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Stevia In The Raw

Is erythritol safe? All about Truvia's secret ingredient

Like xylitol, erythritol is a sugar alcohol or "polyol". It can be found in small amounts in types of fruit such as grapes and melons, and in fermented foods such as wine and cheese.


An odorless white powder resembling regular sugar, it is less sweet than common sucrose (only about 70%), and can be manufactured through an industrial process in order to produce large amounts. This is done by fermenting glucose with a yeast, and there is some debate as to whether this process artificially alters the natural state of the sweetener.

In recent years, the Coca Cola Company has been producing Truvia, which they claim to be an all-natural sweetener. The main ingredients are (in this order): erythritol, rebiana (some sort of processed form of rebaudioside A) and 'natural flavors' - whatever that means. Same goes for Pepsi's SoBe Lifewater, which is based on their sweetener's proprietary name PureVia.

erythritolIn any case, there have been some reports online of people feeling discomfort from Truvia in many ways, ranging from headaches and mouth sores to belly aches and diarrhea.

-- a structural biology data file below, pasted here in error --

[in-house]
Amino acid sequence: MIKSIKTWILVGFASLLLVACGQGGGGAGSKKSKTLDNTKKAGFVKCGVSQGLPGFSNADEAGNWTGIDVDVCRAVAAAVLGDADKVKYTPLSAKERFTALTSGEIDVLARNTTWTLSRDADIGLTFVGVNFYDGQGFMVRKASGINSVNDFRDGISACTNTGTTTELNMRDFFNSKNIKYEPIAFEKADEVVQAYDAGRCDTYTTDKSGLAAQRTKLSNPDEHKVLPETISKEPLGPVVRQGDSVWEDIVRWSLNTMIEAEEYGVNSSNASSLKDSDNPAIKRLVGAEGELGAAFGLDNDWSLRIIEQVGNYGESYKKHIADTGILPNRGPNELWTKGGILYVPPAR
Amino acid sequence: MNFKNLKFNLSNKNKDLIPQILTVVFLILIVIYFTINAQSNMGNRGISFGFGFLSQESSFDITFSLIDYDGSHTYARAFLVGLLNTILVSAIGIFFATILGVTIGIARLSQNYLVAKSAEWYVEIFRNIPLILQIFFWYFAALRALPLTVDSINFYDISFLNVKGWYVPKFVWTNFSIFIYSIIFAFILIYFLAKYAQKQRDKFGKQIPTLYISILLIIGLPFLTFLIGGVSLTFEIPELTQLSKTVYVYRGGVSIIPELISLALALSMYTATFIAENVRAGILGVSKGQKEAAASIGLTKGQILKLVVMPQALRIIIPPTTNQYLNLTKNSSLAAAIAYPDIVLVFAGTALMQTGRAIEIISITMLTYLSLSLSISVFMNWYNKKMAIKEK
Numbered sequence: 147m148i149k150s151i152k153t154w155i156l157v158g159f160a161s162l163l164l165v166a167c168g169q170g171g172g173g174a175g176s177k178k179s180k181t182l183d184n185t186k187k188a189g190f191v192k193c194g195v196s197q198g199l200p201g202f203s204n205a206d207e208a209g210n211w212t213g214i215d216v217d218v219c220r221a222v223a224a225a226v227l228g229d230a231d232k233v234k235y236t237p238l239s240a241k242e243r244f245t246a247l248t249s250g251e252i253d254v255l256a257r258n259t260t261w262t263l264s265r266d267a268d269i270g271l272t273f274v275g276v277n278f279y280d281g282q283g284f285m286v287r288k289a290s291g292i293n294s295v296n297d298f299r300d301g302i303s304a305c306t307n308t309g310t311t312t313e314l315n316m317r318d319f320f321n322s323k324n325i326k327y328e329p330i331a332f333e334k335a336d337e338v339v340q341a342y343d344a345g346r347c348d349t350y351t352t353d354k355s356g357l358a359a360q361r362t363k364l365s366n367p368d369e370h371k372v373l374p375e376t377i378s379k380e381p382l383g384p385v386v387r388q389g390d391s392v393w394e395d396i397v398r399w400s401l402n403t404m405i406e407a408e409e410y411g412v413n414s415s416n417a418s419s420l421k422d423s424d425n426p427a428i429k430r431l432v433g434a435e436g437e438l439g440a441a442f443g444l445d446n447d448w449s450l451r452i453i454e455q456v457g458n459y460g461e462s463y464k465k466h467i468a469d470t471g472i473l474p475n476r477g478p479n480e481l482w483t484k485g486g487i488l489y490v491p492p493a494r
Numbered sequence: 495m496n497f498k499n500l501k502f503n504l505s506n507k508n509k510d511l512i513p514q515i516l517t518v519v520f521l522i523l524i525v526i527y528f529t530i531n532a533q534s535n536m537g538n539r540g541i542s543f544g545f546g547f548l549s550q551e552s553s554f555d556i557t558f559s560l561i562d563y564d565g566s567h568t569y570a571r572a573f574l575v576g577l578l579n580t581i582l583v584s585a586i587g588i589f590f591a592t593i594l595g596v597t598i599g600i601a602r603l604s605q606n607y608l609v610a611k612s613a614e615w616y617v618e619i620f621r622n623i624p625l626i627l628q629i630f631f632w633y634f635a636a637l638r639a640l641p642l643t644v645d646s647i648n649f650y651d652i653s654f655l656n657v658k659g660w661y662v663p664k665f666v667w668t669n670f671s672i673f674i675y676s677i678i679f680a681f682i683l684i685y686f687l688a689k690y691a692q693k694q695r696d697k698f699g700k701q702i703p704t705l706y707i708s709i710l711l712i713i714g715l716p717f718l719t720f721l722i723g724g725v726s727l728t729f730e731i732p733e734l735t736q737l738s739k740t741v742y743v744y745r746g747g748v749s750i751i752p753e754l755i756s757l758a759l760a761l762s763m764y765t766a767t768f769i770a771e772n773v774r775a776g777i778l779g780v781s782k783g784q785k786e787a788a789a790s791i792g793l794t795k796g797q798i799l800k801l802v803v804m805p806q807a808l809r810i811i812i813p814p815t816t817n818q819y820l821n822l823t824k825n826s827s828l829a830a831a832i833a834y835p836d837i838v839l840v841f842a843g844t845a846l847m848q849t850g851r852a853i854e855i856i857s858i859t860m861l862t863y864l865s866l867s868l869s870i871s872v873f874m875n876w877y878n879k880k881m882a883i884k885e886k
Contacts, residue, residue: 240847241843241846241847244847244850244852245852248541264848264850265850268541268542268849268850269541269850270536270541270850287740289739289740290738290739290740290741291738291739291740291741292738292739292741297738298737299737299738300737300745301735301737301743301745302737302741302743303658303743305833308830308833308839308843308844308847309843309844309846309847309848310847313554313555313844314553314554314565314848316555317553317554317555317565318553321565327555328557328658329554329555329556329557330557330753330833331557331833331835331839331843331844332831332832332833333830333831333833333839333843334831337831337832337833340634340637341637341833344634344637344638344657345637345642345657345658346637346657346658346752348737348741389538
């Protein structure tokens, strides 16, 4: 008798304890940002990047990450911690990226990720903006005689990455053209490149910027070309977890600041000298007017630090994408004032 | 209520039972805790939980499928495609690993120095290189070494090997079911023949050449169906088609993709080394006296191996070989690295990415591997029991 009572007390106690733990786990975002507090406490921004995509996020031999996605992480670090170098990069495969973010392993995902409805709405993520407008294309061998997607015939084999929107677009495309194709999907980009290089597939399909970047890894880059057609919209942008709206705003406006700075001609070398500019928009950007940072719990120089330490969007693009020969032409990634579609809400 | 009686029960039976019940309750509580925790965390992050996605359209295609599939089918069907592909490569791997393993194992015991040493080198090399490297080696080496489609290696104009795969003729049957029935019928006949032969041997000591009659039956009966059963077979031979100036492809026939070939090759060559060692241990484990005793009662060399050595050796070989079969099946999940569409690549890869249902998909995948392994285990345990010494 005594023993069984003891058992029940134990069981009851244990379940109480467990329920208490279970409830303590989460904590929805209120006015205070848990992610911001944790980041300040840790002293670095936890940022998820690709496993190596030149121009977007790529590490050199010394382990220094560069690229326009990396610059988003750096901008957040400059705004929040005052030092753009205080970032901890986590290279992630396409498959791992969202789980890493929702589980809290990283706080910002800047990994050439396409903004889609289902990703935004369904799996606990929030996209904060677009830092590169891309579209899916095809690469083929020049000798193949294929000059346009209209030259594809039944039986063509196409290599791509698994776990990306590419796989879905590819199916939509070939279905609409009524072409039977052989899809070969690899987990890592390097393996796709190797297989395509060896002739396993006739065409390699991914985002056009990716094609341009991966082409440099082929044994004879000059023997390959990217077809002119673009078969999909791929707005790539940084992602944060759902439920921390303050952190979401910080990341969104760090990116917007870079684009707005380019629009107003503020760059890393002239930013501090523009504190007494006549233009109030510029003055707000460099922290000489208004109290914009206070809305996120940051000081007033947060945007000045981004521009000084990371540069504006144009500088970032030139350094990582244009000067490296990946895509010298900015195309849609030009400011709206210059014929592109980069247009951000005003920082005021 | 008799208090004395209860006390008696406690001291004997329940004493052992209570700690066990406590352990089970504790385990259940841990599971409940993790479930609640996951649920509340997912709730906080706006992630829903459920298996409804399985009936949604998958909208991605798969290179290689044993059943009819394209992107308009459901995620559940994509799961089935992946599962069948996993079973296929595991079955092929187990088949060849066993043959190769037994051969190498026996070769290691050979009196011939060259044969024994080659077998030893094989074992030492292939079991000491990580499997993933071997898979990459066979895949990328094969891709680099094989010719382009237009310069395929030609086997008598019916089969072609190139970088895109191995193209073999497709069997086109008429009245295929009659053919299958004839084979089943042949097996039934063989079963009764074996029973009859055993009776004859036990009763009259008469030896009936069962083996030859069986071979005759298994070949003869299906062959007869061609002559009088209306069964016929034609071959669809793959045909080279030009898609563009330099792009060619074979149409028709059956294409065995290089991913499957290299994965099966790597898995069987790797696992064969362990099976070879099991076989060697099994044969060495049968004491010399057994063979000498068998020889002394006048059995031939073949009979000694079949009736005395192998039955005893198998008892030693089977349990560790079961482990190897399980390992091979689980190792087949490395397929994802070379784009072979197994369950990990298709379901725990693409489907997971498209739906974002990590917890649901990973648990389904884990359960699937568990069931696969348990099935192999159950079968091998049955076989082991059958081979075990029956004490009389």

It's difficult to say what exactly causes these ailments, but many people claim not to have any issues with the stevia herb on its own. 

Because erythritol is a sugar alcohol, consuming it in relatively large amounts can lead to intestinal discomfort - even though this particular sweetener is apparently less agressive in that respect. 

Also, people who are allergic to certain types of yeast should also be very cautious, as consumption may promote itching and hives.


It also has a minty flavor, causing a cooling effect on the mouth. While this can be favorable for some food or drinks, it can also ruin the subtleties of certain recipes. Also, its solubility in water isn't great, and it crystallizes easily when baked. For these reasons, erythritol is sometimes mixed with other bulk agents to counter those effects.


It's not all bad news though: ever since the 1990's, Truvia's main sweetener has been used in Japan as an ingredient for several types of candy, chewing gum and soft drinks. A big part of its popularity surely lies in the fact that it has very little calories, and a glycemic index of zero, making it ideal for diabetics as it doesn't throw the blood sugar off balance. Whatever the case may be, Truvia is now on the market and if we sum everything up that we've learned here today, I guess we'll have to figure out for ourselves if, and to what extent we want this sweetener to be part of our daily intake. If you're the kind of person that prefers to judge for yourself, then you can always give it a shot by buying erythritol online.

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